Section 5(e)’s “revolving door” language is provided so as to minimize any influence the former public official may have in a matter before her former agency.  Further, R.I. Gen. Laws §§ 36-14-5(b), (c) and (d) prohibit the use and/or disclosure of confidential information acquired by an official or employee during the course of, or by reason of, her official employment, particularly for the purpose of obtaining financial gain.  Finally, a public official or employee may not accept any reward or promise of future employment in return for, or based on, any understanding or expectation that his or her vote, official action or judgment would be influenced thereby.  See R.I. Gen. Laws § 36-14-5(g).

In the past, the Commission consistently has concluded that under the very strict, but very clear, language of section 5(e) public officials and employees may not represent themselves or others before their own agency or board before the expiration of one-year from their date of separation.  See A.O. 99-125 (finding that a former Department of Health employee or his firm should not appear before his former Division in variance hearings for a period of one-year following the date of his official severance of employment with that agency); A.O. 98-92 (advising former Providence Department of Public Works employee that he should not appear before his former Department on behalf of his new employer on any matter, including the pre-existing contract with the City of Providence, except for ministerial activities such as submitting or retrieving papers, submitting bills or invoices, or overseeing construction); A.O. 98-11 (advising former DEM employee that he should not participate in matters that include substantive action or action that involves discretion, for example, a discussion about the applicability of a regulation or its interpretation).

Although the Commission has concluded that individuals subject to the Code may not represent themselves or others before their own agency or board prior to the expiration of one-year from their date of separation, that prohibition does not extend to the performance of ministerial acts. See A.O. 99-108 (concluding that former Cranston Director of Economic Development could participate in a program explaining the City’s Deferred Compensation Program with her new private employer since she could not sign up employees for the program and therefore does not fall within the revolving door restrictions set out in Section 5(e)); and A.O. 98-5 (DHS Casework Supervisor in the East Providence Long Term Care Unit could accept private employment that may involve contact with the DHS so long as contact with East Providence Long Term Care Unit is ministerial in nature for a period of one-year from the date of separation).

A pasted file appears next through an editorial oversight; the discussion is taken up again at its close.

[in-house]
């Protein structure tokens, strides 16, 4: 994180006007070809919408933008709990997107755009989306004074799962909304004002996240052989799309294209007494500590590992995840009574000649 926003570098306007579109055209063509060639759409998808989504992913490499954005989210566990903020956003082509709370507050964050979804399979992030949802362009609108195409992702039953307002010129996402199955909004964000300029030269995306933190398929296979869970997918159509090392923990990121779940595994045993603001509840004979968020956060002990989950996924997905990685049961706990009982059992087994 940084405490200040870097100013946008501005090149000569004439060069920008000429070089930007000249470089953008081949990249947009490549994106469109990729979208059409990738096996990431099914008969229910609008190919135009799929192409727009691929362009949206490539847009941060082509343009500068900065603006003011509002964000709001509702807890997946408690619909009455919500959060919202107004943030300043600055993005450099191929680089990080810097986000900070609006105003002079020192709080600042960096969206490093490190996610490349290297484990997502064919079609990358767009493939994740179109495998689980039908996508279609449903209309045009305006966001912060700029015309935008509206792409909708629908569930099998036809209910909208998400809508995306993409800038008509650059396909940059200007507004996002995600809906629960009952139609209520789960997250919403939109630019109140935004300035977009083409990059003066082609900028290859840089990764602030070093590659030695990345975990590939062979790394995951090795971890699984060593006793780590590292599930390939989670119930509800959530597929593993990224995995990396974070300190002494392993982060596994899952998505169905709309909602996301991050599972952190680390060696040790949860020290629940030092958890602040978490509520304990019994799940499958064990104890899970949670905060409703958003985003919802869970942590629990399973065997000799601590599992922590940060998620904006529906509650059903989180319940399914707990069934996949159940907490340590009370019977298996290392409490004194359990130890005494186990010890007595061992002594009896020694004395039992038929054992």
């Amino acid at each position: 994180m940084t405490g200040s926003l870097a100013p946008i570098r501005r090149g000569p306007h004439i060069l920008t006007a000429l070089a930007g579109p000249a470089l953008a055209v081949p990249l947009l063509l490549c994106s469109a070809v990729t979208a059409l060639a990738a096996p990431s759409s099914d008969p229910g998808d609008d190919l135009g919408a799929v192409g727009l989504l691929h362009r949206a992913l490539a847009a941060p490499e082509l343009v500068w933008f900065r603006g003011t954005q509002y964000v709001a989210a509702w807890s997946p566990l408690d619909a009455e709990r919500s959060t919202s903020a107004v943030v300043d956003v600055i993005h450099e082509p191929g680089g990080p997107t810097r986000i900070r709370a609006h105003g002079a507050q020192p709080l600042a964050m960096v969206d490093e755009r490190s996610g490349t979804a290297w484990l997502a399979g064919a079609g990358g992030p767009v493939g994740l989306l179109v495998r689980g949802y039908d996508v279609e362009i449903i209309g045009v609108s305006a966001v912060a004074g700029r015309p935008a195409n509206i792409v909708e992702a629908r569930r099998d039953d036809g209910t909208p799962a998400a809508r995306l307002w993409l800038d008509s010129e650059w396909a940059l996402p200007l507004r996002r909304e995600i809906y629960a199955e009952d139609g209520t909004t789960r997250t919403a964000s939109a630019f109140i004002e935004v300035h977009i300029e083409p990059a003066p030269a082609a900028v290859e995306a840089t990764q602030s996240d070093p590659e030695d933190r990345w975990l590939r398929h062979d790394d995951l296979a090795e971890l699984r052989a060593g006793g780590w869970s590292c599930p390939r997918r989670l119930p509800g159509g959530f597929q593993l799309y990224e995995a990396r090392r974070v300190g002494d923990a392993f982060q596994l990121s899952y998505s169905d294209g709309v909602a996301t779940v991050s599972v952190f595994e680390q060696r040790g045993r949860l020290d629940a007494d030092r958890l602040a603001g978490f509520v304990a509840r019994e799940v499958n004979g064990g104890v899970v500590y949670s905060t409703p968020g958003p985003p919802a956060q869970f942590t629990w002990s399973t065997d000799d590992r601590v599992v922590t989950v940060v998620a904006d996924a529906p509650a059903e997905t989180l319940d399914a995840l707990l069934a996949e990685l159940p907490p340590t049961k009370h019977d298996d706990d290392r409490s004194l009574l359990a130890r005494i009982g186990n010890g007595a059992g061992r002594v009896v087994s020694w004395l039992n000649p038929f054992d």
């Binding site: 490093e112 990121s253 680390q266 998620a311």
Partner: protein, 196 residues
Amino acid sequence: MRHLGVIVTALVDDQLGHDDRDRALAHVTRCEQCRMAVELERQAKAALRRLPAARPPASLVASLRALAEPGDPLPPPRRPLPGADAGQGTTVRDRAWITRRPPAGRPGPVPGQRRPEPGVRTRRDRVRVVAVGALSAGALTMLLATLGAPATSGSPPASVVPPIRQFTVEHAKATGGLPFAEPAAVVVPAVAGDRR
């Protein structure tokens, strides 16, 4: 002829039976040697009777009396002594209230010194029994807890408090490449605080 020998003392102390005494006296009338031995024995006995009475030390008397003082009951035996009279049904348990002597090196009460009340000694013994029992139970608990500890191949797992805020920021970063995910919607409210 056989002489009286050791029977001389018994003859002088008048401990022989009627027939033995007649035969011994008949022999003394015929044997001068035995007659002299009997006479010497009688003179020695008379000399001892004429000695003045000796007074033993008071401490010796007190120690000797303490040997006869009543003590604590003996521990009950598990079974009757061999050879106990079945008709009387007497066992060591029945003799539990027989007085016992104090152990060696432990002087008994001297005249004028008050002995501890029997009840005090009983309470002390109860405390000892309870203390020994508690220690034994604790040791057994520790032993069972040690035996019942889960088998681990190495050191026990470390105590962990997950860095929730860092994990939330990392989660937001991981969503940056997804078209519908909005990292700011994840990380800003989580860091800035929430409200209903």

As an initial matter, the petitioner, in her current employment, will serve as a liaison between HARI and DOH at monthly meetings regarding a program that she previously served as Project Manager.  However, section 5(e)’s restrictions are not applicable since the petitioner will not be representing herself or HARI in the presentation of evidence or arguments to DOH or to the Reporting Program.  Instead, the petitioner will be responsible for attending said meetings in a collaborative effort with other members to decide how to best present hospital data for the purpose of accurate public reporting.  For these reasons, section 5(e) does not apply. 

With regard to other interaction with DOH, the petitioner represents that she will not be appearing or representing herself or HARI before the DOH on other clinical affairs issues.  Rather, she asserts that HARI and the DOH will be collaborating together in a joint effort to improve and advance clinical affairs in the State of Rhode Island.  Based upon the express representations made by the petitioner, section 5(e)’s revolving door restrictions do not extend to the petitioner collaborating with DOH on an equal, level playing field basis.  However, the petitioner should be cautioned that she may not use any confidential information she obtained while working for DOH to financially benefit herself or HARI.  R.I. Gen. Laws § 36-14-5(b), (c), (d).

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Post employment

Revolving door